They have vouchers. They have housing vouchers, they have SNAP, they have childcare vouchers in some instances. Really beginning to explore what cash does within those systems. That’s problematic because our social service system should not be set up so we’re so punitive where a very small influx of cash can really disrupt your lifestyle as you move towards economic self-sufficiency.
We have those questions as well, but then also on another aspect of it, we have questions as it looks, how will this redefine or define work? What individuals have an opportunity to look for jobs that are more fulfilling and look for opportunities that are more fulfilling rather than just feeling that they have to take a minimum wage job because they have that necessity to work? Really allowing folks to have more freedom and dignity to really look for opportunities that help satisfy their soul.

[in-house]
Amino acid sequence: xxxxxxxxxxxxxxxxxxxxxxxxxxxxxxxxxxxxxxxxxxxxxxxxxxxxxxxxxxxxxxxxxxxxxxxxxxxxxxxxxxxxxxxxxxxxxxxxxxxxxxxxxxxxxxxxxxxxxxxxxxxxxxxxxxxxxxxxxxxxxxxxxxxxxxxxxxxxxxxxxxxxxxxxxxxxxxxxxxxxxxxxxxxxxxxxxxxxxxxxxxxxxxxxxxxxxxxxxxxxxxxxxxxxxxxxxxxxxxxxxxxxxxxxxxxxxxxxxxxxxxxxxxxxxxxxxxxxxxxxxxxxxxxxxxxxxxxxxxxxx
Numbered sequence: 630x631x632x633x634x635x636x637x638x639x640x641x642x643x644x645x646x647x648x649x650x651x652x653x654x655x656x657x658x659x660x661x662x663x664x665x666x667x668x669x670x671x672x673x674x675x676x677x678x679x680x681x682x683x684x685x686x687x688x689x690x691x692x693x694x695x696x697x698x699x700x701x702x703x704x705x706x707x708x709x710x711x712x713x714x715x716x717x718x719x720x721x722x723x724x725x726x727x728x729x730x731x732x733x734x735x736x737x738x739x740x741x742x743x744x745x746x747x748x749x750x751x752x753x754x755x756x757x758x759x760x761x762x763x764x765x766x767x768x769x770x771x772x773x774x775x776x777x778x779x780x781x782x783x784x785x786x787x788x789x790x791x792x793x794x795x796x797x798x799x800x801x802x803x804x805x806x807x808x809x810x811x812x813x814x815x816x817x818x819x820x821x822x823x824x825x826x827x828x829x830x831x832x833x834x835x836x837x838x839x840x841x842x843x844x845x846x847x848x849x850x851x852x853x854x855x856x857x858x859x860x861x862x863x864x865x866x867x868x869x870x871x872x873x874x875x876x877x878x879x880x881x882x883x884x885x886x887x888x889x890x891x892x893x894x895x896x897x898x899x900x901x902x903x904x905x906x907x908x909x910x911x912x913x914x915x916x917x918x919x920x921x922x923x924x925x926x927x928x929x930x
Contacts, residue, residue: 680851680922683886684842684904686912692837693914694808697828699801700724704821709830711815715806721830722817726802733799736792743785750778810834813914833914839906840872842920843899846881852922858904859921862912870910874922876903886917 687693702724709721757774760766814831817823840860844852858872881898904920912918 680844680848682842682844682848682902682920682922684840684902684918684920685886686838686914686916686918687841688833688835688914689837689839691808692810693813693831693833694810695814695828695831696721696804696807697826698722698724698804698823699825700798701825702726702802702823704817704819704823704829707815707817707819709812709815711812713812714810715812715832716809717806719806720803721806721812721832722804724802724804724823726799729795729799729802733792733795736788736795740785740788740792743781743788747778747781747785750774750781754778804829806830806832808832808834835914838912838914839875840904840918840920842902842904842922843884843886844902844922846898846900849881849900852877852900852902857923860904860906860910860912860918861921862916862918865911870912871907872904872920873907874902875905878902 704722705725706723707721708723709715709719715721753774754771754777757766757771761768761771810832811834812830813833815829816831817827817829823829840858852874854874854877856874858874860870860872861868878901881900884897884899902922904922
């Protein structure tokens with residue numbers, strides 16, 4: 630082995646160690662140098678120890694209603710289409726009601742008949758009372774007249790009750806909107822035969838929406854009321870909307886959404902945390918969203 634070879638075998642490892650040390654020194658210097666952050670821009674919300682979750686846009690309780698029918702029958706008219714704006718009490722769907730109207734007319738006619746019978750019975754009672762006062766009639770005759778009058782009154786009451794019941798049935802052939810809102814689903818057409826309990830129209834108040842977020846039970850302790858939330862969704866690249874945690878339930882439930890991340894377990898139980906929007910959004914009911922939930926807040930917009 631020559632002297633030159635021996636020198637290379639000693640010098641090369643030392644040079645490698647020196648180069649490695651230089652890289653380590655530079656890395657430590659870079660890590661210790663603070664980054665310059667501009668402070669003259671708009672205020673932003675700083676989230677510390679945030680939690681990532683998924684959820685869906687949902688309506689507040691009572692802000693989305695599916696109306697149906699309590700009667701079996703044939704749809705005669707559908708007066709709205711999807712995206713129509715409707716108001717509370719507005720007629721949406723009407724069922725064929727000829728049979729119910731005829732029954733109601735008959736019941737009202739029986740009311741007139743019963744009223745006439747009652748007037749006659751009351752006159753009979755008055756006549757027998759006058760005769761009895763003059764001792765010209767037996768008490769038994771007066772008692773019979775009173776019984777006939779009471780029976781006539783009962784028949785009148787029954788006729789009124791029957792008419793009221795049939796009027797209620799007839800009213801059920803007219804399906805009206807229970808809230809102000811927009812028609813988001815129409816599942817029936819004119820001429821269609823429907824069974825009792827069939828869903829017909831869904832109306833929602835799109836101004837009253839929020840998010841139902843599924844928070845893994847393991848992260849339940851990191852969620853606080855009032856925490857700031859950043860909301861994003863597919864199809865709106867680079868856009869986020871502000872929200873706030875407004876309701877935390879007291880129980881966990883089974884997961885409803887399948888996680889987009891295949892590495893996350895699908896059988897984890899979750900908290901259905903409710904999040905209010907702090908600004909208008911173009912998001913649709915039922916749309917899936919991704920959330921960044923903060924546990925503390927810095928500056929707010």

We have a lot of questions that we’ll be exploring over the course of the year with various partners. For us and for me, it’s really exciting that we have partners who are willing to go with us in uncharted waters and really explore what this means. That’s really exciting to have that level of trust with individuals that we partner with to do this work.
Owen: That uncertainty is why so many people are wary around the idea of basic income, that if you give people a housing voucher, you know what that’s going to be spent on. Whereas if you just give people money, then people’s imaginations can run wild, and that’s scary to the people who are maybe on the other end of that money.